Clinical trials of a hearing-protection tablet or snack bar for people could begin soon, and if successful such a product could be available in as little as 2 years, says Josef M. Miller, PhD, the senior author of the study, which is published online in the journal Free Radical Biology and Medicine. Miller is a professor in the Department of Otolaryngology at the U-M Medical School, and former director of the U-M Health System’s Kresge Hearing Research Institute, where the study was performed.
Convinced by emerging evidence that nutrients effectively block one major factor in hearing loss after noise trauma—inner ear damage caused by excessive free radical activity—Miller has launched a U-M startup company, OtoMedicine, that is developing the vitamin-and-magnesium formulation.
“These agents have been used for many years, but not for hearing loss,” says Miller. “We know they’re safe, so that opens the door to push ahead with clinical trials with confidence we’re not going to do any harm.”
The formulation the researchers used built on earlier animal studies showing that single-antioxidant vitamins were somewhat effective in preventing hearing loss, and on studies of Israeli soldiers given magnesium many days prior to exposure, who gained relatively mimimal protective effects.
In the U-M study, noise-induced hearing loss was measured in four groups of guinea pigs treated with the antioxidant vitamins A, C, E, and magnesium alone, an ACE-magnesium combination, or a placebo. The treatments began 1 hour before a 5-hour exposure to 120 dBSPL noise, and continued once daily for 5 days. The group given the combined treatments of vitamins A, C, and E and magnesium showed significantly less noise-induced hearing loss than all of the other groups.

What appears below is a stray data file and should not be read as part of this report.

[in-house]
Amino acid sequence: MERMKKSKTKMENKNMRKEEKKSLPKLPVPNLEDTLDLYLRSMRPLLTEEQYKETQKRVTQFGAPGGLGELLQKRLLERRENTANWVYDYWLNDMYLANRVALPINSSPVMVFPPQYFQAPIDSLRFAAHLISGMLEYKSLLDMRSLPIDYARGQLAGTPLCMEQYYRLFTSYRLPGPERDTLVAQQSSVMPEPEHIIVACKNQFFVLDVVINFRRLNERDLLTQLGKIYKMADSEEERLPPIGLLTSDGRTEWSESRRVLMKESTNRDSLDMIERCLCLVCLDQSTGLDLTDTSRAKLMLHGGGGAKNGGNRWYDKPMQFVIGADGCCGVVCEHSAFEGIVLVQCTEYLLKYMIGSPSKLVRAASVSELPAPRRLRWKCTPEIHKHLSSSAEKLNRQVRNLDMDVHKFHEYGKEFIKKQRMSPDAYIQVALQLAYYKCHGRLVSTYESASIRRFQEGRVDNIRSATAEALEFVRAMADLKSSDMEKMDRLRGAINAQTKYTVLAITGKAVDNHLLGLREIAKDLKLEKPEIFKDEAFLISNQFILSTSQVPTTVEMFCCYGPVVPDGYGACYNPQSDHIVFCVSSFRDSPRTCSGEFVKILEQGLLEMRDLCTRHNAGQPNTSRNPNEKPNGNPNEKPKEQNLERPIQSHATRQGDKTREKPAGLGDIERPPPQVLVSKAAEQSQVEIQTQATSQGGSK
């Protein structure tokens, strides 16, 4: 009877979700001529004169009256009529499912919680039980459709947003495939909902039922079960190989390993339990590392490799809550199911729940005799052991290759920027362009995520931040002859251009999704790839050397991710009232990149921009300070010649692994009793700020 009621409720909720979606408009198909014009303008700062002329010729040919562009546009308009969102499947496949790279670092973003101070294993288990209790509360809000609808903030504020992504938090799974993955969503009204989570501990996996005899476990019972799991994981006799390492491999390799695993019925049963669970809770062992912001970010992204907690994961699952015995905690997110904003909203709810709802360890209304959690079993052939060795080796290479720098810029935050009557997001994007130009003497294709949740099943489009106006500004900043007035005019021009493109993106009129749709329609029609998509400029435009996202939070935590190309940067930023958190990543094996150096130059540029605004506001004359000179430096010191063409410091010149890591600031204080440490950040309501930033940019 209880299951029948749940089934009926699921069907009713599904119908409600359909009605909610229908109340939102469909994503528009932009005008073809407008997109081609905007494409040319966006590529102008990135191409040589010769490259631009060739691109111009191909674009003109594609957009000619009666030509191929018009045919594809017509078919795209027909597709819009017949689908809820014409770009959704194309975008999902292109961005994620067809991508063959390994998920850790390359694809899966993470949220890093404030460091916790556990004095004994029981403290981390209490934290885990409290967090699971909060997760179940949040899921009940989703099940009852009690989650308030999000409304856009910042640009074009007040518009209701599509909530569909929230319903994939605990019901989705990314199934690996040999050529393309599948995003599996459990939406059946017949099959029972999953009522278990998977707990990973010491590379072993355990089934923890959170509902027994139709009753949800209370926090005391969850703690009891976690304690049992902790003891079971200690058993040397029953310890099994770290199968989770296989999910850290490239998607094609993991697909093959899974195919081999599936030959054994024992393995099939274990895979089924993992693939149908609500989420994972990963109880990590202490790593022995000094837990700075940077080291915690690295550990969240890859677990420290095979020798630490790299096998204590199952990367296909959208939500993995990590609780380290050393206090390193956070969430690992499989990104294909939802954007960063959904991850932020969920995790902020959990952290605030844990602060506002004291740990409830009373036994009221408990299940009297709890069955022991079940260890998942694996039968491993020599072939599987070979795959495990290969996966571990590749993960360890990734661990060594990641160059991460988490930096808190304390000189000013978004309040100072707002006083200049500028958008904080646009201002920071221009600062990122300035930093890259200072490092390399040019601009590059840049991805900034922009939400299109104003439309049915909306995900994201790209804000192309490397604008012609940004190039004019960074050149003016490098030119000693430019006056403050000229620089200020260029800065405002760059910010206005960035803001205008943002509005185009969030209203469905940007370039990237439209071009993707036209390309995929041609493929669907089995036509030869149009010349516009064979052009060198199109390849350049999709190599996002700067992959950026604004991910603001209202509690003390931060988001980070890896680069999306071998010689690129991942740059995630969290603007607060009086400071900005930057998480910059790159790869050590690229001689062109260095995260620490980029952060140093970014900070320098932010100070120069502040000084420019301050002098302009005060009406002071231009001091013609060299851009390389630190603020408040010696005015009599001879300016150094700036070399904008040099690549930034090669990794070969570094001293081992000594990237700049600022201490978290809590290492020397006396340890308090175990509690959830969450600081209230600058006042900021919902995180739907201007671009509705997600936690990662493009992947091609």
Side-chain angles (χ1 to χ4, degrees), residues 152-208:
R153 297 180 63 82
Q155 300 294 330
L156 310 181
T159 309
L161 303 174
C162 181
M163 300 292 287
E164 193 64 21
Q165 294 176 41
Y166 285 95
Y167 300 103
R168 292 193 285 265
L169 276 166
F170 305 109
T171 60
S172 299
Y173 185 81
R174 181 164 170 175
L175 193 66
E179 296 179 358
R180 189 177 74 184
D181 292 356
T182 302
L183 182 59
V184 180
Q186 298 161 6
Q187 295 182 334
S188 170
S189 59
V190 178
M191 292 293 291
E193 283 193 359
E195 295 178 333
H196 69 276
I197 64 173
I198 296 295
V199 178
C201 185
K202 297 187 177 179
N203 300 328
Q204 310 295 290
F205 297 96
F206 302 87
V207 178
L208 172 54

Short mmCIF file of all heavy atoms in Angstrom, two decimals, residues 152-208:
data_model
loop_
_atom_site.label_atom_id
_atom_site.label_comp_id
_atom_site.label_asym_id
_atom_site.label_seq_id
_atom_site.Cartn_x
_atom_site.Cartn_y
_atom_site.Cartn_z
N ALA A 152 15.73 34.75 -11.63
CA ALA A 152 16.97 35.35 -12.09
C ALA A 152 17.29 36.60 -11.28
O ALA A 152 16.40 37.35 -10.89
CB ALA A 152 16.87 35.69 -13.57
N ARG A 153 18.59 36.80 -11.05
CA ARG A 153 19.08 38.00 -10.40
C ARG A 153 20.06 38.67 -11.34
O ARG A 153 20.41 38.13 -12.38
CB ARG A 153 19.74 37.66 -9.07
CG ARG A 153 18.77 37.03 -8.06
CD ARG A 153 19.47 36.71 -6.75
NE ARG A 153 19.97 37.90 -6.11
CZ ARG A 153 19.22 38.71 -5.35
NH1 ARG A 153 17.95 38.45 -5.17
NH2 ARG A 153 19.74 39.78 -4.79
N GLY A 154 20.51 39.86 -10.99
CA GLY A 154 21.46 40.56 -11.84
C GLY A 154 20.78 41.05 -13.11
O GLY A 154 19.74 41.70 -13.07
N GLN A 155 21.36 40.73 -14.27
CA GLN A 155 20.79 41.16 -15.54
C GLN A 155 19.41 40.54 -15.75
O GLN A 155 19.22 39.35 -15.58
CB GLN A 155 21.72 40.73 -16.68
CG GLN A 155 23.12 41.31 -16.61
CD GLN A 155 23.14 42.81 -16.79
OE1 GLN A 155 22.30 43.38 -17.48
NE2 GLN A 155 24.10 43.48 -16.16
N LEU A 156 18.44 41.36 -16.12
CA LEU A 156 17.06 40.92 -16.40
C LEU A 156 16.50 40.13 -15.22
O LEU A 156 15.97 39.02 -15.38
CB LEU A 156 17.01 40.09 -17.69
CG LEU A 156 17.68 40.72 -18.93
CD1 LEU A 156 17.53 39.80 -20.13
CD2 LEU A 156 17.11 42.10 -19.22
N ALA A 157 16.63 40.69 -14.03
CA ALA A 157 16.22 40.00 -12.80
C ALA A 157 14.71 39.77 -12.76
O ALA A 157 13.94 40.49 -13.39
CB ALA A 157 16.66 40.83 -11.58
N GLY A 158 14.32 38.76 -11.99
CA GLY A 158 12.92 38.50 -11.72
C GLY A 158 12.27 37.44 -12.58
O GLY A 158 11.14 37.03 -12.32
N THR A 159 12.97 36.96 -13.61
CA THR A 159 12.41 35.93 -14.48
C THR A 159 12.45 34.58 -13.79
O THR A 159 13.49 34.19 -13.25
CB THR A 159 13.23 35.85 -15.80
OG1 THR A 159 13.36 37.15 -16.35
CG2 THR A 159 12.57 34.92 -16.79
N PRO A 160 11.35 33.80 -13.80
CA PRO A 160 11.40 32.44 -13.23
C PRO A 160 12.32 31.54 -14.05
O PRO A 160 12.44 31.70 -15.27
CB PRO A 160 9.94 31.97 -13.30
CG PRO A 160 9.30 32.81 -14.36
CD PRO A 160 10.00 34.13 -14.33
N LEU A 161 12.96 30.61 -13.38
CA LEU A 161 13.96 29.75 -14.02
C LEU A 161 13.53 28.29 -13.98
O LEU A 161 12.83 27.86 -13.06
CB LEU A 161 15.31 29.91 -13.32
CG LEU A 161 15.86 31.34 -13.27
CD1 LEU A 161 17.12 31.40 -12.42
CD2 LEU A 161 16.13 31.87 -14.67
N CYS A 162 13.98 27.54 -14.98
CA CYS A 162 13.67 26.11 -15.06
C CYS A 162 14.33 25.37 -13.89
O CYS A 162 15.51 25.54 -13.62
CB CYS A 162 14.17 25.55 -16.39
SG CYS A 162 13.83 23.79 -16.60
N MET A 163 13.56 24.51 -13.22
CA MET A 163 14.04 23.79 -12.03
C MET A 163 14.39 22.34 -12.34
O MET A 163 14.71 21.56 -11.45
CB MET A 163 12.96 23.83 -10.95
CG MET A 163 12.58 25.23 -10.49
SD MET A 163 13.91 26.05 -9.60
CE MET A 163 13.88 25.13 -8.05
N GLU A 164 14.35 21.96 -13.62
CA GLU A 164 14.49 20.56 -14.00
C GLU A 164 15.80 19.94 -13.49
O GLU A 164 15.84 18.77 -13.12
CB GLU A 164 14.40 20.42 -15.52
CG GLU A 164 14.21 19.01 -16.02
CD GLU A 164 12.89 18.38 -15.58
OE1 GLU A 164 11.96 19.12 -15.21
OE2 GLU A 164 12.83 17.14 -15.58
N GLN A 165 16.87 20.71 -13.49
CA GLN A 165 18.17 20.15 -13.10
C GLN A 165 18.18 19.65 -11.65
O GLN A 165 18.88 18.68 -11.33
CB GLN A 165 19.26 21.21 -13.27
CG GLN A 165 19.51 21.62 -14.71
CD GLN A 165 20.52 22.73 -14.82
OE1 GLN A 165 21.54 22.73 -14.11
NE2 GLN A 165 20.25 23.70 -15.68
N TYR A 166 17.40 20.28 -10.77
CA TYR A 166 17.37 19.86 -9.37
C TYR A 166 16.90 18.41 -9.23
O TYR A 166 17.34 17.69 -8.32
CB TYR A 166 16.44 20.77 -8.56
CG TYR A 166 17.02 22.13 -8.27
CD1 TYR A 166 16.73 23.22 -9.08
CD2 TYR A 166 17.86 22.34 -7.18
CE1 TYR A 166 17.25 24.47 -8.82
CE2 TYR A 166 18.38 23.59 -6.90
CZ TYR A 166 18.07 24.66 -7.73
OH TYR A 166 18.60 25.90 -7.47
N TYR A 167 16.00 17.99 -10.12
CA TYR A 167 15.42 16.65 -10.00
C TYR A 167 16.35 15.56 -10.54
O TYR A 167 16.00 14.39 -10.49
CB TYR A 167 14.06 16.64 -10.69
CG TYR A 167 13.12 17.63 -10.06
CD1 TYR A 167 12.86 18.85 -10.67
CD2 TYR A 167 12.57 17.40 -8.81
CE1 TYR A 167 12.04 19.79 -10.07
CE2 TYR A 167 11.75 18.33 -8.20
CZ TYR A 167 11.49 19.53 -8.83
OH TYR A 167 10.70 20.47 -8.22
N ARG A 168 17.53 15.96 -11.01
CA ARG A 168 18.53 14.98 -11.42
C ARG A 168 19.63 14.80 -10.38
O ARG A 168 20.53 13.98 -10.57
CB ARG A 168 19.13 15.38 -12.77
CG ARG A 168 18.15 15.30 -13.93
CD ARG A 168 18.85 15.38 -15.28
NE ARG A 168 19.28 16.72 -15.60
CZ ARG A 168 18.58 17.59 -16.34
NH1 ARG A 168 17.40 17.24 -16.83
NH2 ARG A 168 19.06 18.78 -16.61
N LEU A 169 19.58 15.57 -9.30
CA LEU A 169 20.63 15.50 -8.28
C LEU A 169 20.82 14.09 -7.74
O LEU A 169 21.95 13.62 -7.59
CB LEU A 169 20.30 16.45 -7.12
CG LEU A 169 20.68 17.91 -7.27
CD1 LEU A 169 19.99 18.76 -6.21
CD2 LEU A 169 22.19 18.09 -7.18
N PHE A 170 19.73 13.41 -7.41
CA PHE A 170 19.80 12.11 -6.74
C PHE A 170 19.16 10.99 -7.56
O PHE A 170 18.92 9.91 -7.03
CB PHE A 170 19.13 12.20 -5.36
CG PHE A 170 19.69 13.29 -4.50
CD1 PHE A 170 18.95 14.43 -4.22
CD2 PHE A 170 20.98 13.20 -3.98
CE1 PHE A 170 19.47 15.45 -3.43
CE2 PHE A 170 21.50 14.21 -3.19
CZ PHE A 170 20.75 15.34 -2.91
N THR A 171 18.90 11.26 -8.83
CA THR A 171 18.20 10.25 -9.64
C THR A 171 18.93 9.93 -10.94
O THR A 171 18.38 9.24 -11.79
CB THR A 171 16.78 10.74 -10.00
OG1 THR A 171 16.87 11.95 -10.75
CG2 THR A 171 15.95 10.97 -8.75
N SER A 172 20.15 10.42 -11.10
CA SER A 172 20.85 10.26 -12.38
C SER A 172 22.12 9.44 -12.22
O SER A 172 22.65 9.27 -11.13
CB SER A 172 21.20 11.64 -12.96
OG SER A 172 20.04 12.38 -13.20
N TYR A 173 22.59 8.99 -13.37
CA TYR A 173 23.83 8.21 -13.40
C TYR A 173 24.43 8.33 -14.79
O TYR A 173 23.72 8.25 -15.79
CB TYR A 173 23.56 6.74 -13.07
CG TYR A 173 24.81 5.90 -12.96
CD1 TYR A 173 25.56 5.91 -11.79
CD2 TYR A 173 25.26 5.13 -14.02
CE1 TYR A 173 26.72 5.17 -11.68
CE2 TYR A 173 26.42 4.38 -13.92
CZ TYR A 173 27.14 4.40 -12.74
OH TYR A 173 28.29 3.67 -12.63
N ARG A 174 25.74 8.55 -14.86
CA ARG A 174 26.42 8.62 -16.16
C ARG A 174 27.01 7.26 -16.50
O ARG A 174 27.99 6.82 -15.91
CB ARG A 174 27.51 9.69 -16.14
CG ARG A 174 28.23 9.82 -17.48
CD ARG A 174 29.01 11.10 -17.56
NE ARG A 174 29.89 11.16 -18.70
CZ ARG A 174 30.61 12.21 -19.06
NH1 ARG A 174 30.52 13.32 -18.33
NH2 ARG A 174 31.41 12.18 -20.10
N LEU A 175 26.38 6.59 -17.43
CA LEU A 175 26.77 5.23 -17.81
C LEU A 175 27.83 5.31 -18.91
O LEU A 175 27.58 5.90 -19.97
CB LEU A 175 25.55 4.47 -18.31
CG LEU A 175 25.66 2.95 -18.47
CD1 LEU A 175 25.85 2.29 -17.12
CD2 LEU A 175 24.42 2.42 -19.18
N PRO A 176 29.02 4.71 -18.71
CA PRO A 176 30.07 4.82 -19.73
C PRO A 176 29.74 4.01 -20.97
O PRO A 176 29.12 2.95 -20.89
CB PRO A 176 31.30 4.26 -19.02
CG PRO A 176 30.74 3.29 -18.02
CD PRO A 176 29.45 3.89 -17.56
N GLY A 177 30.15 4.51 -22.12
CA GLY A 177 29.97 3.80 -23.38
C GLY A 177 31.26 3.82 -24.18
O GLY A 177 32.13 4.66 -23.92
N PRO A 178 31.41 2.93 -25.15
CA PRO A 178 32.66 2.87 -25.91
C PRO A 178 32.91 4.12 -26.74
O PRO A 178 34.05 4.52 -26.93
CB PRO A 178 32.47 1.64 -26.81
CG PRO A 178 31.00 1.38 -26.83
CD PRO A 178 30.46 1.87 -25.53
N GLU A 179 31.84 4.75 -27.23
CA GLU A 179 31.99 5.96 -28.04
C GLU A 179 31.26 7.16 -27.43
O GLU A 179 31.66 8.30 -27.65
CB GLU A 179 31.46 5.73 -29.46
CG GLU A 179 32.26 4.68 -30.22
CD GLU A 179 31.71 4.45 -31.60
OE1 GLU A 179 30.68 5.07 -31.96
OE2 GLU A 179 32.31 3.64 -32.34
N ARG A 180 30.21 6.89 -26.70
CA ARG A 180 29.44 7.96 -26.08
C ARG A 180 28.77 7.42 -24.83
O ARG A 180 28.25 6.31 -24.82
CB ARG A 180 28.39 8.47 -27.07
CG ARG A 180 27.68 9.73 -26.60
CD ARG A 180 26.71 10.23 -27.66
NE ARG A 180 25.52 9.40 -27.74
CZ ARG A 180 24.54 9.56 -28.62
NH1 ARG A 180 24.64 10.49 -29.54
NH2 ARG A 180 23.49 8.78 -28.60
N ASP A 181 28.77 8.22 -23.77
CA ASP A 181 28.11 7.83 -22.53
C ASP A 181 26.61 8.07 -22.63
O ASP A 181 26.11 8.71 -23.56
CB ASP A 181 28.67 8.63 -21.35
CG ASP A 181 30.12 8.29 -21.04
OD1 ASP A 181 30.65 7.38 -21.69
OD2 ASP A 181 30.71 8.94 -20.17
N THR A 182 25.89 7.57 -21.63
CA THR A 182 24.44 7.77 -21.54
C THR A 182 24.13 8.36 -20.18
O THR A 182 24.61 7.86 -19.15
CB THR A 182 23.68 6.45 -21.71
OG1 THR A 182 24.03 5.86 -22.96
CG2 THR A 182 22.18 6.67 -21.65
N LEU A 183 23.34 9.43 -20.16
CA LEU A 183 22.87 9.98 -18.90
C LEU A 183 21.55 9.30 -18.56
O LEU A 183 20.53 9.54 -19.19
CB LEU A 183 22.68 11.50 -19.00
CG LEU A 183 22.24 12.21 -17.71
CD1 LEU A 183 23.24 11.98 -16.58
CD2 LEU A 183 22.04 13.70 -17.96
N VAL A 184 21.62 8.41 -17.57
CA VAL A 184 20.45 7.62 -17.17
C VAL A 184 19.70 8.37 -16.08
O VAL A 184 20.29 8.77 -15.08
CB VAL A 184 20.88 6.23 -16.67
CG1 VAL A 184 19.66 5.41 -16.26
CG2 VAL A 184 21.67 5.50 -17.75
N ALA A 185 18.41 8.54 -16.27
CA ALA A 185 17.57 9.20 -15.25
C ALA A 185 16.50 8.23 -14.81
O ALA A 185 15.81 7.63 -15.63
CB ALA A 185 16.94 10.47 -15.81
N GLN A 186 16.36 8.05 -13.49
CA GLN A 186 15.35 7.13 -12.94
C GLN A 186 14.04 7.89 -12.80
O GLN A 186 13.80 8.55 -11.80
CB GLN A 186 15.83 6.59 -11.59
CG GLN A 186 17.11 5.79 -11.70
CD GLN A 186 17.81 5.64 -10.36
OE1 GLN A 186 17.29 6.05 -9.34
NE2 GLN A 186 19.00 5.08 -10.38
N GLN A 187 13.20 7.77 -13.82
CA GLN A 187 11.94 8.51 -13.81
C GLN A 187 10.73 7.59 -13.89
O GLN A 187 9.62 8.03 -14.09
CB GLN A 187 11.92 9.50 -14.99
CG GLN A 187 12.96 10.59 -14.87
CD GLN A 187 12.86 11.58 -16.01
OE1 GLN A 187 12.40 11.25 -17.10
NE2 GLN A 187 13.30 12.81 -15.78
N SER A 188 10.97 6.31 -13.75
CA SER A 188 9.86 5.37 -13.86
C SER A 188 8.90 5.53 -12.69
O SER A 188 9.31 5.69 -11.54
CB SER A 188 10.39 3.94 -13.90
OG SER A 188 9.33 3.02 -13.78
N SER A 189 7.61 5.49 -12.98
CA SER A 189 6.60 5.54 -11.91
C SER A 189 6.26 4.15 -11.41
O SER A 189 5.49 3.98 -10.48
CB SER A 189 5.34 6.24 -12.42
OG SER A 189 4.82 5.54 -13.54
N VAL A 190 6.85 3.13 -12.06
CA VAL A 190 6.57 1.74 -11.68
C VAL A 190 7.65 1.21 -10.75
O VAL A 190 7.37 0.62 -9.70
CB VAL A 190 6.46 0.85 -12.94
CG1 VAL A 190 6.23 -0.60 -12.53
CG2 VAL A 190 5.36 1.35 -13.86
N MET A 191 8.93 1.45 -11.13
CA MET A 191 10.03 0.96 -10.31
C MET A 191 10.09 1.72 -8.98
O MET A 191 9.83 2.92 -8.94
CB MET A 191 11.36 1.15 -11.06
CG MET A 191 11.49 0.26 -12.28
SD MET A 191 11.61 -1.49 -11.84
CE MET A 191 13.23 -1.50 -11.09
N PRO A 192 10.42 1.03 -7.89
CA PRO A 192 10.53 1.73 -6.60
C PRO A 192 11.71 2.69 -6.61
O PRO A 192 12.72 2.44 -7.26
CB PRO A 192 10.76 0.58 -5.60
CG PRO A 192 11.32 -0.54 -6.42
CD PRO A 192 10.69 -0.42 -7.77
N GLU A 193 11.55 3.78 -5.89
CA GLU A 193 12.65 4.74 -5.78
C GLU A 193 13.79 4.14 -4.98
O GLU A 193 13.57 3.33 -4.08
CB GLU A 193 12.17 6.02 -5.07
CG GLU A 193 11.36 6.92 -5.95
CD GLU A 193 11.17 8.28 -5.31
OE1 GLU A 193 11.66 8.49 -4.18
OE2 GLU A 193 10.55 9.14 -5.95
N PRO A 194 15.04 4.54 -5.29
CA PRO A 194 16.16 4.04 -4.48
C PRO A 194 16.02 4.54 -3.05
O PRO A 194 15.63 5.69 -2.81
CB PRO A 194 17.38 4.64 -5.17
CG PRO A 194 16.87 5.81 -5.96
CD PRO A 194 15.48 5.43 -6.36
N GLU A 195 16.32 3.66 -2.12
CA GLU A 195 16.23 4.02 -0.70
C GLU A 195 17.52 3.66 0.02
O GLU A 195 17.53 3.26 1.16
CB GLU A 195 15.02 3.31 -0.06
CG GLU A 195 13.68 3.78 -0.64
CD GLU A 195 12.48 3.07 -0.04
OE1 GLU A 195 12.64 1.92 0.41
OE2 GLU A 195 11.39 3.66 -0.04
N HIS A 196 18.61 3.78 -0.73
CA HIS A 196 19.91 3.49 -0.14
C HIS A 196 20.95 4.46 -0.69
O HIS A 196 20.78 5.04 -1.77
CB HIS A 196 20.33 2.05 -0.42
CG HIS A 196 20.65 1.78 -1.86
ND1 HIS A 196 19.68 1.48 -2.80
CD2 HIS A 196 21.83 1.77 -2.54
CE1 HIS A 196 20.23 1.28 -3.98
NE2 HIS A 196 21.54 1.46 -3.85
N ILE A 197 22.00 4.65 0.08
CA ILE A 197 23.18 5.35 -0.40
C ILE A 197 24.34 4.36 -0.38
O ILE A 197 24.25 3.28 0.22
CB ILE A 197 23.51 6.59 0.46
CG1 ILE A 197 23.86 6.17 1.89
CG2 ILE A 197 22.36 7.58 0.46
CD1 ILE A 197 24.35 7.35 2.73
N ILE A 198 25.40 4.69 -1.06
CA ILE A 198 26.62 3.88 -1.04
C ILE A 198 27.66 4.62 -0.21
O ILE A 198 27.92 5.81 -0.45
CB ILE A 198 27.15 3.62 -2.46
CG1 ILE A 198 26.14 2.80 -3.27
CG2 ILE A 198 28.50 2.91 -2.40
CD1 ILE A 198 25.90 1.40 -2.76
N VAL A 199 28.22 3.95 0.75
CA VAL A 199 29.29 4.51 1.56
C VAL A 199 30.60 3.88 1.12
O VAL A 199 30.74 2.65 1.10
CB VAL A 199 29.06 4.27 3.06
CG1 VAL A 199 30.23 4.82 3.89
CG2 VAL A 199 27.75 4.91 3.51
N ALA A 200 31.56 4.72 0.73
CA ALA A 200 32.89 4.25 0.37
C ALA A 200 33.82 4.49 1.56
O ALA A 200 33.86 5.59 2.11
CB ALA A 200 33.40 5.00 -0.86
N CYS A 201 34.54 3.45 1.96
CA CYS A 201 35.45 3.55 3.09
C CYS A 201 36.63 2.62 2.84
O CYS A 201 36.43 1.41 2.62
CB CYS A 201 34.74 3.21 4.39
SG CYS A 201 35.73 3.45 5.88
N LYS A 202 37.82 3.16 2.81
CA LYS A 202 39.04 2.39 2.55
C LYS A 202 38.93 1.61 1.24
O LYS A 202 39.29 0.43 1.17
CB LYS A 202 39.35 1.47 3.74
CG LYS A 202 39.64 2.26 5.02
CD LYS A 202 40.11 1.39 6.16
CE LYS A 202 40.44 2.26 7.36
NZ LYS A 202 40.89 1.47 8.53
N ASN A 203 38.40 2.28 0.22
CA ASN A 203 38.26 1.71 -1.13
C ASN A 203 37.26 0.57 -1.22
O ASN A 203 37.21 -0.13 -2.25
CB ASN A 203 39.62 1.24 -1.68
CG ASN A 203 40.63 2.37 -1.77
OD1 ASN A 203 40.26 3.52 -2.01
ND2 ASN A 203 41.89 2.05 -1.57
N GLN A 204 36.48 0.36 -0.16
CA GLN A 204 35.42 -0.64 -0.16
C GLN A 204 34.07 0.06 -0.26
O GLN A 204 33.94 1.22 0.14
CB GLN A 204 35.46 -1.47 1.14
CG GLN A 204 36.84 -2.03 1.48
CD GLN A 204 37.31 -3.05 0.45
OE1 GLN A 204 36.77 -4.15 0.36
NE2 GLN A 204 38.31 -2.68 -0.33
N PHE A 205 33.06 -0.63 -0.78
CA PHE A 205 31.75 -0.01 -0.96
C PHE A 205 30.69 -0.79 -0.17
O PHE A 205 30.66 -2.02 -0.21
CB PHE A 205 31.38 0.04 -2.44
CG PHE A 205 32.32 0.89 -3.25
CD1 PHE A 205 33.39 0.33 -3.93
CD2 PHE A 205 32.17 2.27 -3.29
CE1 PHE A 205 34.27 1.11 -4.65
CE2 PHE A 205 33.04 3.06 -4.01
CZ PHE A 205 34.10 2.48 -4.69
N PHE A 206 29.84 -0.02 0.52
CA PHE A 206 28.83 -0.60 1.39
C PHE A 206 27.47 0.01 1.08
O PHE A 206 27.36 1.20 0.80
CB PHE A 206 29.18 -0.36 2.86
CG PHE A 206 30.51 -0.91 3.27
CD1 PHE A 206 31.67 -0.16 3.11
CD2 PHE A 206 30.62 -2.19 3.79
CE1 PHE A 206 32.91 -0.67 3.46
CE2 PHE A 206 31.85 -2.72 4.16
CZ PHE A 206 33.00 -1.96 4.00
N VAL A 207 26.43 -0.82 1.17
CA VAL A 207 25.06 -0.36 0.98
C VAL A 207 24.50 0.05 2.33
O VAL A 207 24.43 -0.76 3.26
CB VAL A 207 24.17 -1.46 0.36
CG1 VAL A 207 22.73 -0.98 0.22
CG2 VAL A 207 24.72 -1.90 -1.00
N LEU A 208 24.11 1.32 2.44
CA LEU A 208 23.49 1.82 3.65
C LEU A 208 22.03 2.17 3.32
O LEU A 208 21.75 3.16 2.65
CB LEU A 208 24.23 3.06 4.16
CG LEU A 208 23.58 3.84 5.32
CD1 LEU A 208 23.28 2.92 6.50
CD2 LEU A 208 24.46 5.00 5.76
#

“Vitamins A, C, and E and magnesium worked in synergy to prevent cell damage,” explains Colleen G. Le Prell, PhD, the study’s lead author. According to the researchers, pre-treatment presumably reduced free radicals that form during and after noise exposure and noise-induced constriction of blood flow to the inner ear, and may have also reduced neural excitotoxicity, or the damage to auditory neurons that can occur due to over-stimulation. The post-noise nutrient doses apparently “scavenged” free radicals that continue to form long after this noise exposure ends.
In the past 10 years, scientists have learned that noise-induced hearing loss occurs in part because cell mitochondria in the ear churn out damaging free radicals in response to loud sounds. “Free radical formation bursts initially, then peaks again during the days after exposure,” says Le Prell.
|More on nutrition
“American Biohealth Group Offers the Hearing Pill.” November 23, 2006 HR Insider.
“Hearing Protection Drug Completes Phase I of Clinical Testing.” January 18, 2007 HR Insider.
“Exercise Promotes Hearing Health.” By Helaine Alessio, PhD, and Kathleen Hutchinson, PhD. April 2004 HR.
The antioxidant vitamins and magnesium used in the study are widely used dietary supplements, and don’t require the extensive safety tests required for new drug entities prior to use in clinical trials. The doses to be used in proposed human trials will be within the ranges considered safe according to the Institute of Medicine and federal nutrition guidelines.
“Ultimately, we envision soldiers would have a nutritional bar with meals and it would give them adequate daily protection,” says Miller. Similar bars with other formulations are already given to soldiers to help them withstand hot weather and other war zone conditions.
“Other people would likely benefit by consuming a pill or nutritional bar before going to work in noisy environments, or attending noisy events like NASCAR races or rock concerts, or even using an iPod or other music player,” says Le Prell. “Based on an earlier study with other antioxidant agents, we think this micronutrient combination will work even post-noise.”